Attorney-General Robert Clark today joined indigenous groups, the Commonwealth and members of the community at a special sitting of the Federal Court to recognise the native title rights of the Gunditjmara and Eastern Maar people, in Victoria’s south-west.
Mr Clark, who attended today’s sitting of the court at Eumeralla Coastal Reserve, congratulated all parties on the historic outcome.
“Today is the fourth time native title has been recognised in Victoria through agreement between the parties,” Mr Clark said.
“The consent determination orders handed down by the Federal Court give recognition to the deep spiritual and historical connection that the Gunditjmara and Eastern Maar peoples have with this land.”
The orders cover approximately 4,100 hectares of Crown land, including Deen Maar, also known as Lady Julia Percy Island, an area of particular cultural significance to both groups.
The native title rights also cover land along the Shaw and Eumeralla rivers and from Yambuk in the south, to land around Lake Linlithgow in the north.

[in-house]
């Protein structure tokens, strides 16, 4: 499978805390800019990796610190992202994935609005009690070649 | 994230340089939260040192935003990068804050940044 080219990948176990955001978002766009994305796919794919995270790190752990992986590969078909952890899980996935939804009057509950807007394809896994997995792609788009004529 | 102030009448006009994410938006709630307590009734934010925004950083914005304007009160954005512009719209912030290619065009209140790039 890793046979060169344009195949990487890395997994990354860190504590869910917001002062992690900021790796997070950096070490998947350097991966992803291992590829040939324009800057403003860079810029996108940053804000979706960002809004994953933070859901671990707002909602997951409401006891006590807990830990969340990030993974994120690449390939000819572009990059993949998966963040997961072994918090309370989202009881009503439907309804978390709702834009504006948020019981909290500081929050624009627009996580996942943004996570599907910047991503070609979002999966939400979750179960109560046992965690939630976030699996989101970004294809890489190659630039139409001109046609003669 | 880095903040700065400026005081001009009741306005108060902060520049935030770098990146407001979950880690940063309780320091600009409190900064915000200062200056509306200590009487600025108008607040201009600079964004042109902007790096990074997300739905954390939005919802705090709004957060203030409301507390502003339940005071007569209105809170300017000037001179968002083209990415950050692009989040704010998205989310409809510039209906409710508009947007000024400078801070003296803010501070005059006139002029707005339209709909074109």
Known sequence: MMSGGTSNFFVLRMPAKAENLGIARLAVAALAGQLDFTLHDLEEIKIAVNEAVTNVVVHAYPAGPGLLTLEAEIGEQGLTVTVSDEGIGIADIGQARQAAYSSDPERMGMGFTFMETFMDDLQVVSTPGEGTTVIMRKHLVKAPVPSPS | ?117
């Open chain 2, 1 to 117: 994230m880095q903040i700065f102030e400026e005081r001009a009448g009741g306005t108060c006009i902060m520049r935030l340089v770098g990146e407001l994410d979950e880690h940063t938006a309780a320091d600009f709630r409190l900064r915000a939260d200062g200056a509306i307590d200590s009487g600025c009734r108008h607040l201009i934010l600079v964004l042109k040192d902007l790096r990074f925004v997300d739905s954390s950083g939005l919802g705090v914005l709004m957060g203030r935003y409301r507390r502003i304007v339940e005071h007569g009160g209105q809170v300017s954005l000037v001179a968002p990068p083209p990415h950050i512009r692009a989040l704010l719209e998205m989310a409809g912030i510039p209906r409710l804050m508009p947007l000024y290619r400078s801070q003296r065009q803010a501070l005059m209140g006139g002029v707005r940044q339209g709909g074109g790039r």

The native title rights are non-exclusive and non-commercial and will co-exist with the interests of the general public and third parties using the area.
“The terms of today’s consent determination ensure that the interests of third parties are protected,” Mr Clark said.
Mr Clark congratulated all parties for working co-operatively to come to an agreement.
“This would not have been possible without the commitment and good faith of the traditional owners and other parties,” Mr Clark said.
“By negotiating these agreements outside of court, the Government has successfully sought to avoid unnecessary legal costs and burdens on the traditional owners, the Government and other parties.”